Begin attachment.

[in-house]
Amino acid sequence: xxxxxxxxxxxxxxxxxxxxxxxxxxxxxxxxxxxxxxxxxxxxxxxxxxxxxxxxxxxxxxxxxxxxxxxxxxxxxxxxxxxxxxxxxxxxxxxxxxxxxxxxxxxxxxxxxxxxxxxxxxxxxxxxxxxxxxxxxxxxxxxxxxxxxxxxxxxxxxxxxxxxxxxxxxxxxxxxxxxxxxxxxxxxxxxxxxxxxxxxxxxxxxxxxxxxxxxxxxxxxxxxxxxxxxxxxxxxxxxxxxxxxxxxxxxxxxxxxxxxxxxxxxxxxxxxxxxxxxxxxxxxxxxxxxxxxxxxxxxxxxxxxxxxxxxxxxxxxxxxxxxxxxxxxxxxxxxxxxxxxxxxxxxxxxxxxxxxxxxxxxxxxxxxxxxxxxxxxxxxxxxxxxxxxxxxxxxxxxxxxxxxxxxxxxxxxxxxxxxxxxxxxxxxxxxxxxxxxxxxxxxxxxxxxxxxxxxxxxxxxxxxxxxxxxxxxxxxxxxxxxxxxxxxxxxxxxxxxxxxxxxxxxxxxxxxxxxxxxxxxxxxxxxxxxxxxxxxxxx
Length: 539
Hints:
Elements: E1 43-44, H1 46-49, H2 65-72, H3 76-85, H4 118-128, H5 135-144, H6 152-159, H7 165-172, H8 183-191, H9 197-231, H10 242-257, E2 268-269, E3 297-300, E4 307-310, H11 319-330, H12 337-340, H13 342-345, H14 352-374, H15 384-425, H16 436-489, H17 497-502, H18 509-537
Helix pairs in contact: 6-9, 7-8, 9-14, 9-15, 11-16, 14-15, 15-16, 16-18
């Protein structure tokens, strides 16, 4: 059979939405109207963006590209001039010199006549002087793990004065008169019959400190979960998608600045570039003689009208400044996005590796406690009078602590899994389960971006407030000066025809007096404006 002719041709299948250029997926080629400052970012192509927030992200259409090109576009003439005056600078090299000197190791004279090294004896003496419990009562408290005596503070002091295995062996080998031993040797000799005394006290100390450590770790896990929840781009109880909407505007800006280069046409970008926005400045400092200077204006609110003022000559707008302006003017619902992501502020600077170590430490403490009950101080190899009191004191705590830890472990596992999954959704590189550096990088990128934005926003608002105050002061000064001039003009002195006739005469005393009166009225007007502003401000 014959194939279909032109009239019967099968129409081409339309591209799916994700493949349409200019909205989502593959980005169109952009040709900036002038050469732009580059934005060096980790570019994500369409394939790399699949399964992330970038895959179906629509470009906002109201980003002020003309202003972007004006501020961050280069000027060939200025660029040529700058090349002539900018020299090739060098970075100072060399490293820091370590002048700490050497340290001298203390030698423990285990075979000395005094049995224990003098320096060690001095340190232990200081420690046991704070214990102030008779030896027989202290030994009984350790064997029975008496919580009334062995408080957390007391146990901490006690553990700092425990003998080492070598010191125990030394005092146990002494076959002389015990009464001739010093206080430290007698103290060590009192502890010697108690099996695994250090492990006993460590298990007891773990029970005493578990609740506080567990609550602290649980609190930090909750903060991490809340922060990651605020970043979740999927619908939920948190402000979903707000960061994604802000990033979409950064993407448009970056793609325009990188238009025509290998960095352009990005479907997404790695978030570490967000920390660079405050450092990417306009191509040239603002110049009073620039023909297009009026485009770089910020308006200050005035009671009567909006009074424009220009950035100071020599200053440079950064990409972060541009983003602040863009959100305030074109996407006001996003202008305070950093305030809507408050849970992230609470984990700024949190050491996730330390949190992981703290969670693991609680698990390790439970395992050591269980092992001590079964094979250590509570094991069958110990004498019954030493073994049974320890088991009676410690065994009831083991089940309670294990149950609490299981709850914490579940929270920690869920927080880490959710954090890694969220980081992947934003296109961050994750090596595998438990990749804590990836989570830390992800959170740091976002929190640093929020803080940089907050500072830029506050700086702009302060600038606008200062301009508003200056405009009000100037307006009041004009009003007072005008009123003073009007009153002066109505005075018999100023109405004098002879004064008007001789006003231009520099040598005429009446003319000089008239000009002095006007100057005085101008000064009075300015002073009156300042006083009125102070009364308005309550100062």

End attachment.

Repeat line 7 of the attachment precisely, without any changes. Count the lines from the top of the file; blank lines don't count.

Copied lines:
């Protein structure tokens, strides 16, 4: 059979939405109207963006590209001039010199006549002087793990004065008169019959400190979960998608600045570039003689009208400044996005590796406690009078602590899994389960971006407030000066025809007096404006 002719041709299948250029997926080629400052970012192509927030992200259409090109576009003439005056600078090299000197190791004279090294004896003496419990009562408290005596503070002091295995062996080998031993040797000799005394006290100390450590770790896990929840781009109880909407505007800006280069046409970008926005400045400092200077204006609110003022000559707008302006003017619902992501502020600077170590430490403490009950101080190899009191004191705590830890472990596992999954959704590189550096990088990128934005926003608002105050002061000064001039003009002195006739005469005393009166009225007007502003401000 014959194939279909032109009239019967099968129409081409339309591209799916994700493949349409200019909205989502593959980005169109952009040709900036002038050469732009580059934005060096980790570019994500369409394939790399699949399964992330970038895959179906629509470009906002109201980003002020003309202003972007004006501020961050280069000027060939200025660029040529700058090349002539900018020299090739060098970075100072060399490293820091370590002048700490050497340290001298203390030698423990285990075979000395005094049995224990003098320096060690001095340190232990200081420690046991704070214990102030008779030896027989202290030994009984350790064997029975008496919580009334062995408080957390007391146990901490006690553990700092425990003998080492070598010191125990030394005092146990002494076959002389015990009464001739010093206080430290007698103290060590009192502890010697108690099996695994250090492990006993460590298990007891773990029970005493578990609740506080567990609550602290649980609190930090909750903060991490809340922060990651605020970043979740999927619908939920948190402000979903707000960061994604802000990033979409950064993407448009970056793609325009990188238009025509290998960095352009990005479907997404790695978030570490967000920390660079405050450092990417306009191509040239603002110049009073620039023909297009009026485009770089910020308006200050005035009671009567909006009074424009220009950035100071020599200053440079950064990409972060541009983003602040863009959100305030074109996407006001996003202008305070950093305030809507408050849970992230609470984990700024949190050491996730330390949190992981703290969670693991609680698990390790439970395992050591269980092992001590079964094979250590509570094991069958110990004498019954030493073994049974320890088991009676410690065994009831083991089940309670294990149950609490299981709850914490579940929270920690869920927080880490959710954090890694969220980081992947934003296109961050994750090596595998438990990749804590990836989570830390992800959170740091976002929190640093929020803080940089907050500072830029506050700086702009302060600038606008200062301009508003200056405009009000100037307006009041004009009003007072005008009123003073009007009153002066109505005075018999100023109405004098002879004064008007001789006003231009520099040598005429009446003319000089008239000009002095006007100057005085101008000064009075300015002073009156300042006083009125102070009364308005309550100062």